App Fail: Group Chat

July 13, 2010

“Hey you! Be in my group! Now you’re in my group you can see how bad ass of a group mod I am! I even added a group chat to our little Facebook Community!”

You gotta love the vigilance of Facebook Group/Page recruiters and moderators but there’s more to love than this human species… or even internet bot species. There are the applications that are meant to enhance these communities. One for example, an application named “Group Chat” which offers a chat forum but also seems to spam the shit out of your friends list that it’s not supposed to have any access, what-so-ever, too. For example …

None of these people were in the group this app had been added to.

It sent out many notifications. These two screen shots are just two examples out of a dozen.

And it doesn’t look like Facebook did anything to discipline the app makers – as the app is still around even after a year of complaints.

The End.


General Fail # 7: Tick Tock Tick Tock… Has It Loaded Yet?

May 20, 2010

On the topic of functionality today. Someone asked us earlier this week, why does it take so long to load certain items off the applications menu? We don’t know but we do agree. That shit is sloooow!

Privacy Fail: The Gaping Hole

April 5, 2010

In the spirit of privacy issues, Facebook chat is a gaping hole within Facebook’s “secure” network.

[Dear Facebook, Inc.]

Topic: Limited Profile Person Showing Up In My Chat

I have a person in two groups. 1. Limited Profile and 2. High School. This person cannot see my profile the way an unlimited profile group can but they can still chat me even though the “Limited Profile” chat is closed. Is this a glitch that they can see me via another group on the chat panel or not? If not you (Facebook) need to make it so I can hide individuals from chat rather than via whole groups. Groups just organize individuals into mental associations and since Facebook disabled years of associative data in the last year, groups have become very necessary tools of association even more so. This is not cool this person can see me in the chat panel and I don’t want to see them. In the screen shot you can see a person named Kris – this is what I do not want to see at all.

NOTE: The person who submitted this issue has told me it’s been at least 4-months and Facebook has never responded to, or fixed the issue.

Happy Facebooking!

Fedbook: Taking Away Your Access

April 1, 2010

It’s clear where Facebook stands in respect to business ethics and their user’s rights. They couldn’t care less.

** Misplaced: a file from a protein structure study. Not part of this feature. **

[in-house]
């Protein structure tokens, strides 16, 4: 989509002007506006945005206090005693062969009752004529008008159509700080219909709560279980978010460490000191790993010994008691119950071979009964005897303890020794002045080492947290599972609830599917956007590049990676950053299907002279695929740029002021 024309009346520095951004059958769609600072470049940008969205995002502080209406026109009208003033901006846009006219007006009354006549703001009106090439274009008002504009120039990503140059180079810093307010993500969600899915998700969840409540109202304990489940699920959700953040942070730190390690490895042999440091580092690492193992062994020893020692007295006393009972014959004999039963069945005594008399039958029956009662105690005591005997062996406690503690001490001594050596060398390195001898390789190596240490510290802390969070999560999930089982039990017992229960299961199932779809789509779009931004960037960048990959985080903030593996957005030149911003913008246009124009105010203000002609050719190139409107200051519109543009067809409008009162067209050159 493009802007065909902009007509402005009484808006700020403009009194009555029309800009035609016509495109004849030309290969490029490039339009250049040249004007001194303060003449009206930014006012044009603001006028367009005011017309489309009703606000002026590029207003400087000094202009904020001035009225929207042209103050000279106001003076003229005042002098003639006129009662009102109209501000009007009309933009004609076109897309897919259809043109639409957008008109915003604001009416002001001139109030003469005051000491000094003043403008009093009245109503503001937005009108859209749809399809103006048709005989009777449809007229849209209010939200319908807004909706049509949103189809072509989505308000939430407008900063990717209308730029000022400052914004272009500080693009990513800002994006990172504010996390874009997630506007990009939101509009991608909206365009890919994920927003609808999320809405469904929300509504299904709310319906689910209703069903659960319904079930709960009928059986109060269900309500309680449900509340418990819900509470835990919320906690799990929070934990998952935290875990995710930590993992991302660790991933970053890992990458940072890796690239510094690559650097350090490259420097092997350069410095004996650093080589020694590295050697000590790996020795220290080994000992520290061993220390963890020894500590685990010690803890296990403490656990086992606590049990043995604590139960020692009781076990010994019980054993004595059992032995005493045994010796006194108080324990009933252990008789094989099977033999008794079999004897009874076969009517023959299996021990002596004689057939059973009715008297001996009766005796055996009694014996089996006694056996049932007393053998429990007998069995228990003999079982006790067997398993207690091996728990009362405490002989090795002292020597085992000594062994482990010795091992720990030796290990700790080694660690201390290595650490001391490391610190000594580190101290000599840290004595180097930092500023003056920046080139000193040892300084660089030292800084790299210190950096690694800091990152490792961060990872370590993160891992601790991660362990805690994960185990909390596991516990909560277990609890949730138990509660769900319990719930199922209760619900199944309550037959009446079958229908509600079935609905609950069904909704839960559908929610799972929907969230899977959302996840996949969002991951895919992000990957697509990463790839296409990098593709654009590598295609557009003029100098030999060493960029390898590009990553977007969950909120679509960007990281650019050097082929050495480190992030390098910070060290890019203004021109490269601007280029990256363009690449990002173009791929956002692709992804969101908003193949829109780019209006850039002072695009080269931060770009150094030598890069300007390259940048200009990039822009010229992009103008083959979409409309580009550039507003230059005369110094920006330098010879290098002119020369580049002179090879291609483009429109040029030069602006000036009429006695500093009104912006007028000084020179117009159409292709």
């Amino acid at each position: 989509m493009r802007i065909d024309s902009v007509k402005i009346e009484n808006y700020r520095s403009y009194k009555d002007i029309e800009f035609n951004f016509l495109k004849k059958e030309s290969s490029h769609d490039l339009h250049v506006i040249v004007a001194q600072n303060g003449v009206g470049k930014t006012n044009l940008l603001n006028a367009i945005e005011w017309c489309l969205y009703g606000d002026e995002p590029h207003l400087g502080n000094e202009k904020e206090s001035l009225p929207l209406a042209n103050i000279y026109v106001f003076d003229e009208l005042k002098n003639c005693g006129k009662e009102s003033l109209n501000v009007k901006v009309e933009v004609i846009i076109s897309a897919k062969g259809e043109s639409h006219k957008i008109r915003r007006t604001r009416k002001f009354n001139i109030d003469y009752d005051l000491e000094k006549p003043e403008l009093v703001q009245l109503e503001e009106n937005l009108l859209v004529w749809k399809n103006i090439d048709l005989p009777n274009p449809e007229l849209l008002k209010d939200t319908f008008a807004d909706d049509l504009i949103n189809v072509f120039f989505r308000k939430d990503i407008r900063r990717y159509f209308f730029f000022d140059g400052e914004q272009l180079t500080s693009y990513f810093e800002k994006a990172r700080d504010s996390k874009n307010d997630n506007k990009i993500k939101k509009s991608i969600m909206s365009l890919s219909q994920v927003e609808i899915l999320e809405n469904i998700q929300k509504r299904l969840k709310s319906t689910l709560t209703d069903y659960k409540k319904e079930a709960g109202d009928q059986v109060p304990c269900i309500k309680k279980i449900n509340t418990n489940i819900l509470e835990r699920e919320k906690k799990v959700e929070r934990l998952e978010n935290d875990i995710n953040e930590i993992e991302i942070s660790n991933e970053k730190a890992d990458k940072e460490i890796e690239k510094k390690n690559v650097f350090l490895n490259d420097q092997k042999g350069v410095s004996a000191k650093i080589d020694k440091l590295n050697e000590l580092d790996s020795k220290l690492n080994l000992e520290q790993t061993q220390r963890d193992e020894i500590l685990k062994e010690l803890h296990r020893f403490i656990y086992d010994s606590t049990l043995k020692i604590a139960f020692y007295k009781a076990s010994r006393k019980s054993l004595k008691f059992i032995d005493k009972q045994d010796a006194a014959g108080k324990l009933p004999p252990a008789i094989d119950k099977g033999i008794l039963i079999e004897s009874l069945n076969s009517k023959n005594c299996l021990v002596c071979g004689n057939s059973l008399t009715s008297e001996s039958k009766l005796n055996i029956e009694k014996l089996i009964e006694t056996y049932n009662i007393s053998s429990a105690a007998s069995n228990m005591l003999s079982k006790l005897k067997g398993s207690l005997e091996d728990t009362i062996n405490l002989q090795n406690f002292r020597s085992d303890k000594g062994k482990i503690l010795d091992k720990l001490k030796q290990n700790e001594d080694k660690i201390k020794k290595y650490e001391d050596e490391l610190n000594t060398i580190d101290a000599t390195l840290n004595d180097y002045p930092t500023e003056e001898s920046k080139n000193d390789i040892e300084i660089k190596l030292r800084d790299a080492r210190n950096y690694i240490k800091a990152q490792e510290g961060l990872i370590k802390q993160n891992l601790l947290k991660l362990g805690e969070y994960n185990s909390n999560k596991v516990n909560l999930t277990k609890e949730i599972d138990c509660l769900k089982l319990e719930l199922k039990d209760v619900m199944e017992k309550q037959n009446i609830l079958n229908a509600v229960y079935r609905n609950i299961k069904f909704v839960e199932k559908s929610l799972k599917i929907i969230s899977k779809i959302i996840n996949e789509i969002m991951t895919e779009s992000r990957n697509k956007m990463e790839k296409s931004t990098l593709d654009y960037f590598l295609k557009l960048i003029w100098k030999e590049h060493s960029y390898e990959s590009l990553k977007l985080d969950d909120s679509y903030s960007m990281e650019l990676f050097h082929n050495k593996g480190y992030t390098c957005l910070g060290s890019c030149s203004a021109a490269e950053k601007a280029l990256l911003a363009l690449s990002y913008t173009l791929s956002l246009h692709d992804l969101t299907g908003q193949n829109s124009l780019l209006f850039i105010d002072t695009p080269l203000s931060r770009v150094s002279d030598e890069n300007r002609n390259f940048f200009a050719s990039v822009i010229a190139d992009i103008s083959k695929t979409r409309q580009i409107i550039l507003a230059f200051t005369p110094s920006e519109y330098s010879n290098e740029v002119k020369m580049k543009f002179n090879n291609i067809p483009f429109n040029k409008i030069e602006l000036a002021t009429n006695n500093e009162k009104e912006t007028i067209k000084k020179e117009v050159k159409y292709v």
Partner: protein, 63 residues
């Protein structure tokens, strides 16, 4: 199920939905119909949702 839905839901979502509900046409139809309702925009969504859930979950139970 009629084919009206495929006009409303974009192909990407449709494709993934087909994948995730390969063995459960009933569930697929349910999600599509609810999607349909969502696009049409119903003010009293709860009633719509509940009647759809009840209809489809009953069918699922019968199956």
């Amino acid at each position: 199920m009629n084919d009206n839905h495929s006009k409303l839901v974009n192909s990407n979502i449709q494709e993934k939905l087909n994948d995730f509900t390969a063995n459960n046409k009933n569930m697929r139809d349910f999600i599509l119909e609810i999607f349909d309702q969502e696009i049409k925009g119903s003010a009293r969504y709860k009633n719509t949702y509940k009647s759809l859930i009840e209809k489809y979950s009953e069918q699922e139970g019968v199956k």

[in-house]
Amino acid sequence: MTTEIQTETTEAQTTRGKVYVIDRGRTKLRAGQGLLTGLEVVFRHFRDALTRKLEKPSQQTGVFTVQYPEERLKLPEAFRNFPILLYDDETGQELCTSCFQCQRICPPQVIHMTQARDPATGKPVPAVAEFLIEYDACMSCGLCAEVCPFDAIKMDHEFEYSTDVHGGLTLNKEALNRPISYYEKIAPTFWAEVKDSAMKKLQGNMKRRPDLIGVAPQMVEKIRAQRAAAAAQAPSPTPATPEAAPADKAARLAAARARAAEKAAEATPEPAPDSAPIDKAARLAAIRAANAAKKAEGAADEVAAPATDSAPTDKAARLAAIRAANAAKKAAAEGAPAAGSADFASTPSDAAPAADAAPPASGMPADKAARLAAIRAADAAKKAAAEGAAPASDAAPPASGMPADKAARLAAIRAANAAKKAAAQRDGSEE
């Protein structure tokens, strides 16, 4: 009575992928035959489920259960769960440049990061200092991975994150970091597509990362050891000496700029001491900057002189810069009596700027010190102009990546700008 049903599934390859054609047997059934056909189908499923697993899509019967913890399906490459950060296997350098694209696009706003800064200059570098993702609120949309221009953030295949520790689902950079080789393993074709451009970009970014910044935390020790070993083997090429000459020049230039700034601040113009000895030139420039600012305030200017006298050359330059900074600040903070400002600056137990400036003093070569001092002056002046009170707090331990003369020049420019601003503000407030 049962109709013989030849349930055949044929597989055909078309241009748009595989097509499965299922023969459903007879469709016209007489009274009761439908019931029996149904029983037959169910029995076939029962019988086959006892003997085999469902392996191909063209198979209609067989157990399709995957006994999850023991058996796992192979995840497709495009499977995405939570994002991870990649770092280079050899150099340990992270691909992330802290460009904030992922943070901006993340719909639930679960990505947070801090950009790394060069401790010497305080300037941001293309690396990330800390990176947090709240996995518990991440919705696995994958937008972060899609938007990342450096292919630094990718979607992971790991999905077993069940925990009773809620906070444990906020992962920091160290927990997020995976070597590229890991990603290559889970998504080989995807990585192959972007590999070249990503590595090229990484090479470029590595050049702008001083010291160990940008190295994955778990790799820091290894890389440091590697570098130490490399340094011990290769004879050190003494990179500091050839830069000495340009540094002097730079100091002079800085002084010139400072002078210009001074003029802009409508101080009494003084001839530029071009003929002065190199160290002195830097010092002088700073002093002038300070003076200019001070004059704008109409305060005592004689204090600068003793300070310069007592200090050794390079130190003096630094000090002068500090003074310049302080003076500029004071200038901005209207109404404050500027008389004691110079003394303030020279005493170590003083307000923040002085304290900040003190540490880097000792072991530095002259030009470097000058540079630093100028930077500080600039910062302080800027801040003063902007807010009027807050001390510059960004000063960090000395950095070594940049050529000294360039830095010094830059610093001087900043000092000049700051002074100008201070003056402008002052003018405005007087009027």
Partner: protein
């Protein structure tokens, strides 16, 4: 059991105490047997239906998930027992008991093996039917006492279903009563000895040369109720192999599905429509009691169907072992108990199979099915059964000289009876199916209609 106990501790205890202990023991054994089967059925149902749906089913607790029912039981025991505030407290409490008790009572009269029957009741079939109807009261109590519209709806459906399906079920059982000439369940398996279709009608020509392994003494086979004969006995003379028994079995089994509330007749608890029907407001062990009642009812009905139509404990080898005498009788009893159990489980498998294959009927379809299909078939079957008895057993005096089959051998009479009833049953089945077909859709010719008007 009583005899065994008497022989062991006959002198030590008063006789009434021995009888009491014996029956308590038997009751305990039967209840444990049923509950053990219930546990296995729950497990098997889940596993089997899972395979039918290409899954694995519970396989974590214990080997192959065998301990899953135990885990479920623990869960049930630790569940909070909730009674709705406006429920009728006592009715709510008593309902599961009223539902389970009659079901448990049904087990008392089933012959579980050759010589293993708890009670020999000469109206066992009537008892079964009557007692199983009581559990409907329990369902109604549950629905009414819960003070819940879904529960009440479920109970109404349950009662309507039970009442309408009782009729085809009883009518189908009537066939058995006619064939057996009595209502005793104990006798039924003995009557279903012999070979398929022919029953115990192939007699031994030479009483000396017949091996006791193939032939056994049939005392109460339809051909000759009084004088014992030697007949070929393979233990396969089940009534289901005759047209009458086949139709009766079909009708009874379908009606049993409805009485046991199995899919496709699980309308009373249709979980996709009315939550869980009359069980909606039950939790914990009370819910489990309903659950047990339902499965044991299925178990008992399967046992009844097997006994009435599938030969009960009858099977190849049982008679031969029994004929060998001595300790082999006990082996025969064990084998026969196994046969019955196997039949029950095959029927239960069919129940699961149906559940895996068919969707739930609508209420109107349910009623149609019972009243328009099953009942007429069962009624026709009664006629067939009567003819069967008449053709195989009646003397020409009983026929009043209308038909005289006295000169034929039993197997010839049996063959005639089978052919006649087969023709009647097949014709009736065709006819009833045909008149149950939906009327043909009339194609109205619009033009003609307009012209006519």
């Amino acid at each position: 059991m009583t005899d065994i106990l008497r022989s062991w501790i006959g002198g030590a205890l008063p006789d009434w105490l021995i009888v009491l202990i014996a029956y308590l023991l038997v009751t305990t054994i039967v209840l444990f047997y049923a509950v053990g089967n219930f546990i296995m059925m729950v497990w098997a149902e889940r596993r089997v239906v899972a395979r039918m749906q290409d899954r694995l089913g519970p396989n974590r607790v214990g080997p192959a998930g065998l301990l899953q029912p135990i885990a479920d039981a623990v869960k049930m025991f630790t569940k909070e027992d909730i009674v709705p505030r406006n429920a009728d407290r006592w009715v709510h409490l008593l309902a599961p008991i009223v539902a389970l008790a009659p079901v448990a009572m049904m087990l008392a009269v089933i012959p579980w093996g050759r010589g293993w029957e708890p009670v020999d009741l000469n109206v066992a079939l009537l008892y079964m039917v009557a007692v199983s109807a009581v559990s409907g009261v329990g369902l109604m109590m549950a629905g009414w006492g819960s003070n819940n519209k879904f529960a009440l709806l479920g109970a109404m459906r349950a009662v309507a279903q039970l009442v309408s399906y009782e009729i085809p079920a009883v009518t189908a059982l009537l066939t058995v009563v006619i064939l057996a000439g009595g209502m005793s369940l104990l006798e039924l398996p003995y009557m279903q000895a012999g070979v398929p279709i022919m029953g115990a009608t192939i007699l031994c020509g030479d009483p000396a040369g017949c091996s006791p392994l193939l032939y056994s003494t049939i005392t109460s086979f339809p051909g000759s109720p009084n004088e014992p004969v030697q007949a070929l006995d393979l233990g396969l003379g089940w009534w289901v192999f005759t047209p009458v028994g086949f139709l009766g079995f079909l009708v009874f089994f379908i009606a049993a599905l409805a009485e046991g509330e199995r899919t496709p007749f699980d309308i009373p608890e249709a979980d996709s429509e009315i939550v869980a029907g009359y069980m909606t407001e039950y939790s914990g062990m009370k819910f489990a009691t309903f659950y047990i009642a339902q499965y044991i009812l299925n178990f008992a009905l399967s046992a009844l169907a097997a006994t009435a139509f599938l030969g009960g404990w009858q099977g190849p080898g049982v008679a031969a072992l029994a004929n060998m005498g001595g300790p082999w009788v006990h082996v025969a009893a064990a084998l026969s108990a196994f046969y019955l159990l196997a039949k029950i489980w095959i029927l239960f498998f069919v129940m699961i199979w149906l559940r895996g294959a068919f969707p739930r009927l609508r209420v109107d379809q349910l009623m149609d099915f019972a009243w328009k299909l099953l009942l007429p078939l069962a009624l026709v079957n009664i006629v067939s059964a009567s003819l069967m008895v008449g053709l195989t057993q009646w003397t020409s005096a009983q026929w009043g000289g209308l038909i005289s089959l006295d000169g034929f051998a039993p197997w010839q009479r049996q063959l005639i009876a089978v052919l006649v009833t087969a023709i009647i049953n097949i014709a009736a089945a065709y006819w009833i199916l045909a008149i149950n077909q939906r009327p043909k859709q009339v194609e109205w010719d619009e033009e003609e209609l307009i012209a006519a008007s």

First there was Beacon in 2007 where Facebook’s user activity was openly shared with outside companies unbeknownst to the user. A lawsuit was filed and eventually Beacon was canceled in 2009.

Coincidentally in 2009, Facebook made some unannounced changes to its privacy policy on general search engine accessibility to its user’s Profiles. Once hidden Profile details, Photo albums, Groups details, and Page details had been reset to unhidden, or in other terms made live for search engines to crawl over and store in their own databases.

This means people’s private information was made available online for anyone searching for them.

i.e. Pictures from high school, parties, intimate moments, etc… were now searchable by any interested party.

“Facebook estimates that 20% to 30% of users change their privacy settings. Facebook selected the default privacy settings to reflect what they thought users want.”

(Make sure to write Facebook [ and ] and thank them for making such a thoughtful decision to invade your privacy on behalf of only 20 or 30 percent of it’s hundred million users.)

At the top of 2010 Facebook completely changed its user interface in a spectacular overhaul of how user’s information is managed and viewed. The change was so excessive and took so many people by surprise that it was met with a great dissatisfaction from its users across the globe. At that same time Mark Zuckerberg also announced that privacy is no longer relevant. Meanwhile Facebook is staying private about its affairs.

Moral-less Capitalists argue that Facebook shouldn’t be obligated to handle user information responsibly since the service is “free” but that argument is more of a narrow-minded, self-preservationists ideal rather than the real issue. Time and personal information are both extremely valuable commodities of which users are paying with, to use the Facebook service. It isn’t “free,” users are paying.

Overall – this timeline represents a small fraction of how Facebook has misused its user’s personal information. These are just the stories that have been thoroughly proven enough to make it to the mainstream media. And while some stories make it and others do not, the common thread in the reports and the business practice of Facebook is an endeavor to limit your access to your own personal information:

  • You filled out personal details, they took it away.
  • You posted on friend’s walls and want to look it over two-weeks later, they’ve kept that information unsearchable.
  • You once had search fields to traverse the events, groups and pages, listings – those search tools have been revoked as well.
  • Facebook once started out as a simple and functional way to keep track of co-workers, friends, classmates, and family. It is no longer simple and accessible, and therefore is no longer a tool of functionality. In the past five-years Facebook has intentionally morphed into a frustratingly inaccessible human data farm unless of course, you are a corporation in need of profit generating statistics.

    Happy sharing!